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Effects of garden type and distance from bush on adventive trees in domestic gardens

Husband, M and Kirkpatrick, JB ORCID: 0000-0003-2763-2692 2021 , 'Effects of garden type and distance from bush on adventive trees in domestic gardens' , Papers and Proceedings of the Royal Society of Tasmania, vol. 155, no. 2 , pp. 111-116 , doi: 10.26749/rstpp.155.2.111.

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Abstract

Gardens are both a source of plant species that invade native vegetation (bush) and are places that native species can invade. We test the hypotheses that the richness of adventive exotic and native trees in suburban gardens declines with distance from the bush, and that the type of garden strongly influences the establishment of adventive trees. The adventive woody species in front gardens of houses on randomly selected streets in three Hobart suburbs were observed from the street, along with garden type. Distance from the bush boundary was measured from maps. Most taxa occurred less frequently with increasing distance from the bush and garden type was associated with the occurrence of several taxa. Distance and garden type had no effect on the exotic Pittosporum undulatum, possibly because it is rare in native vegetation due to its fire sensitivity but is both attractive to many gardeners and well-dispersed by birds between gardens.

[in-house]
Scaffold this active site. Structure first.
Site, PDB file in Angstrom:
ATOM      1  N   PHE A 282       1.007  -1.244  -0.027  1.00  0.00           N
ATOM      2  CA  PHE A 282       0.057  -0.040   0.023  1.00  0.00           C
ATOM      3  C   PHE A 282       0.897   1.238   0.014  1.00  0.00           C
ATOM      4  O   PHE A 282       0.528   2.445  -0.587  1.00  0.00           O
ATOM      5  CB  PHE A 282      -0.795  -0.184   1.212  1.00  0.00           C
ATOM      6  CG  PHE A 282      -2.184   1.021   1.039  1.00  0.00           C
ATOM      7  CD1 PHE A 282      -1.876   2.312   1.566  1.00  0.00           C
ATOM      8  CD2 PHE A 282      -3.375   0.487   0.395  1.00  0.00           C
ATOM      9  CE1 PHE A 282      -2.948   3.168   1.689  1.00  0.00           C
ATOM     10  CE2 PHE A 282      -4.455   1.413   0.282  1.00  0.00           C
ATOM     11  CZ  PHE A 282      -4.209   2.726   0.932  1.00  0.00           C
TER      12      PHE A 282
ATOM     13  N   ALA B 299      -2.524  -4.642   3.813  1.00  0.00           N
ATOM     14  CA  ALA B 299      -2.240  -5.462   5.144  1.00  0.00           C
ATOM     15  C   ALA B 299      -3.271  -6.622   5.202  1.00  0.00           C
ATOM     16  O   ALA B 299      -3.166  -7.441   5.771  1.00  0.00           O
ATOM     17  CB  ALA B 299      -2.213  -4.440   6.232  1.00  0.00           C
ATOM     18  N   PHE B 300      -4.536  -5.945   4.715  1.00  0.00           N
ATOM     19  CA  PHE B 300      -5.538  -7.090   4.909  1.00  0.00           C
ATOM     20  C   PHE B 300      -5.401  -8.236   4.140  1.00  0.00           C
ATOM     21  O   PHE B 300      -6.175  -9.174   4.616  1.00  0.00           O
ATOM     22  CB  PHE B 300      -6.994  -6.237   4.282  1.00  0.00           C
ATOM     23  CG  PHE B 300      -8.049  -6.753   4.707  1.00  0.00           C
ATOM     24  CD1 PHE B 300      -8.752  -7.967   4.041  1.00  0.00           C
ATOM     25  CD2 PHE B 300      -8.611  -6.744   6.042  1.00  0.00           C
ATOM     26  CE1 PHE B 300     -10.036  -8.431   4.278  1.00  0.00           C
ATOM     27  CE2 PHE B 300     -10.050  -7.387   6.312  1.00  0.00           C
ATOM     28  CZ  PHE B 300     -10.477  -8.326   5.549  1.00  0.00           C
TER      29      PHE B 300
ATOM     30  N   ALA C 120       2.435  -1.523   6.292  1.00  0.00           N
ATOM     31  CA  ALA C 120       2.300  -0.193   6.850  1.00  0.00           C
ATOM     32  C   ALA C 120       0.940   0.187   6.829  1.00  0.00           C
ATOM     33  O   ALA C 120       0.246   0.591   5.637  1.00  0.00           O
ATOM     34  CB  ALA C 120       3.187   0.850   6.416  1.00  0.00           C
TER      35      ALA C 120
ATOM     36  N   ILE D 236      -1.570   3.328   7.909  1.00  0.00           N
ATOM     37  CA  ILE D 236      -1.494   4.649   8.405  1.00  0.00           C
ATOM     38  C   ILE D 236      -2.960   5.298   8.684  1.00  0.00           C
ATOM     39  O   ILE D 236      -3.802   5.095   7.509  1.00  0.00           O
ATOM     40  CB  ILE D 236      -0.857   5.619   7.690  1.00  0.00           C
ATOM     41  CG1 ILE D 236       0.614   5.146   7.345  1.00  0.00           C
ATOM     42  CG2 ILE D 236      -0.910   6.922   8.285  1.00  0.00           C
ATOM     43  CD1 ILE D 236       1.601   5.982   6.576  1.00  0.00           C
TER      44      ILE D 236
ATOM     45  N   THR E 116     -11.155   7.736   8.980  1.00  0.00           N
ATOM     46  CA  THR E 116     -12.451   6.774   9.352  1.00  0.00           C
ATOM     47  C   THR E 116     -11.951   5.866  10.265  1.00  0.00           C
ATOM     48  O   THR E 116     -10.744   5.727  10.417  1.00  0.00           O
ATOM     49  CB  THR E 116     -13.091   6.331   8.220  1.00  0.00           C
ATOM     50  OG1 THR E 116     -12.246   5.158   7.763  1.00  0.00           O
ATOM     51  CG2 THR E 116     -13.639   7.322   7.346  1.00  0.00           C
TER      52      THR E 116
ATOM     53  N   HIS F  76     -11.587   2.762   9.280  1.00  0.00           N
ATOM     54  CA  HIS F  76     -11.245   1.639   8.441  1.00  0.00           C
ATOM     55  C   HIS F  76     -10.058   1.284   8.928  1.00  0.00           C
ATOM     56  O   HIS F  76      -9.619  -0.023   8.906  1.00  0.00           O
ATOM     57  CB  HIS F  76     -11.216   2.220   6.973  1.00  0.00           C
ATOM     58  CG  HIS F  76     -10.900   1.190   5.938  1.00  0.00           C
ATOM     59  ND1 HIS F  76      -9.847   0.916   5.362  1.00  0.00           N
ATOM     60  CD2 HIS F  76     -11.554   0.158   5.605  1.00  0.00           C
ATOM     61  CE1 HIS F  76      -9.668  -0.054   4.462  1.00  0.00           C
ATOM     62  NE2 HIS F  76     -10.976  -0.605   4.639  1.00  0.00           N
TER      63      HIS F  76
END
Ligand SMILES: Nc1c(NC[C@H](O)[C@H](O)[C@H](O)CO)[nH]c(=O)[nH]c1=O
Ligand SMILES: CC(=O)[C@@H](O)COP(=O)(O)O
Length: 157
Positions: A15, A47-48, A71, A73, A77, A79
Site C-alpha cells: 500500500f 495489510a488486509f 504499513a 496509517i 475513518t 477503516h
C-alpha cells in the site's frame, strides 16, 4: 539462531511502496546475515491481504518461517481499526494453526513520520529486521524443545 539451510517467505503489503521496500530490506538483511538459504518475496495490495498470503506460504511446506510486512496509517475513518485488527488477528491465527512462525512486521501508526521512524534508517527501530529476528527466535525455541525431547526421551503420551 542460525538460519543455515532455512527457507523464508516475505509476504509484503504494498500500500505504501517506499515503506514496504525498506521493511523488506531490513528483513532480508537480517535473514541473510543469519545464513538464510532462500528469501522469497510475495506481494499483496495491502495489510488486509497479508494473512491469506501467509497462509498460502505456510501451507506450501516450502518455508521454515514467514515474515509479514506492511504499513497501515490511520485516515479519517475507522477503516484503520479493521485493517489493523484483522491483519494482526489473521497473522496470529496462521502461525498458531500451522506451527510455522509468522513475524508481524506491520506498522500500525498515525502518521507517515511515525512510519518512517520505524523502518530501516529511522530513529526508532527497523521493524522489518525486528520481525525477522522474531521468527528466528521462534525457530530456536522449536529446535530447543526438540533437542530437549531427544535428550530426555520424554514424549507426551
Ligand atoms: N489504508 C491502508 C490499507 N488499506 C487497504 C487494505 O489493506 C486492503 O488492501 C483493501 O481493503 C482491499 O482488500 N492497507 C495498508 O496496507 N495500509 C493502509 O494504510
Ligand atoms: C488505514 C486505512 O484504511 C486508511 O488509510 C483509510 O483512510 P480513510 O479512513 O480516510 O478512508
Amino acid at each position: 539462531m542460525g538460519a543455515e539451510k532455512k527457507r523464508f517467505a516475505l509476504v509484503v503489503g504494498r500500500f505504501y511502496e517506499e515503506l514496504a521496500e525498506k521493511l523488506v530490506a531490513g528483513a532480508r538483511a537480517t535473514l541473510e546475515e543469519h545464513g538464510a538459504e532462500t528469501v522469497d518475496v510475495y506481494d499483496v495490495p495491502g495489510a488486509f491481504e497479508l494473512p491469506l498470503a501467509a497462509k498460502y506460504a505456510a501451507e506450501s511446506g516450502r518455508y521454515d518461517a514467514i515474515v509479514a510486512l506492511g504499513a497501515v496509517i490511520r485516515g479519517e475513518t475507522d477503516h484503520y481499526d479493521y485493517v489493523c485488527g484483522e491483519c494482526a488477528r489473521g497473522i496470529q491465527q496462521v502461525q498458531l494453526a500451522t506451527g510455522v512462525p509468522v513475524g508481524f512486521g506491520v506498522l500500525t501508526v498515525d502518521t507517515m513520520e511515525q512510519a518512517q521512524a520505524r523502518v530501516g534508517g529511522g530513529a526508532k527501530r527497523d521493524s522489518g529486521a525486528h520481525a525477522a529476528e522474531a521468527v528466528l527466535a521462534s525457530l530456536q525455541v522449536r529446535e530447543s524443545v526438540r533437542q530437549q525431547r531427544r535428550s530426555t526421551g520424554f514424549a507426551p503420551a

Item Type: Article
Authors/Creators:Husband, M and Kirkpatrick, JB
Keywords: Acacia, Bursaria, Cotoneaster, dispersal, eucalypts, Dodonaea, Exocarpos, Pittosporum undulatum, suburban gardens, tree invasion, bush, suburbia
Journal or Publication Title: Papers and Proceedings of the Royal Society of Tasmania
Publisher: Royal Society of Tasmania
ISSN: 0080-4703
DOI / ID Number: 10.26749/rstpp.155.2.111
Copyright Information:

Copyright 2021 The Royal Society of Tasmania.

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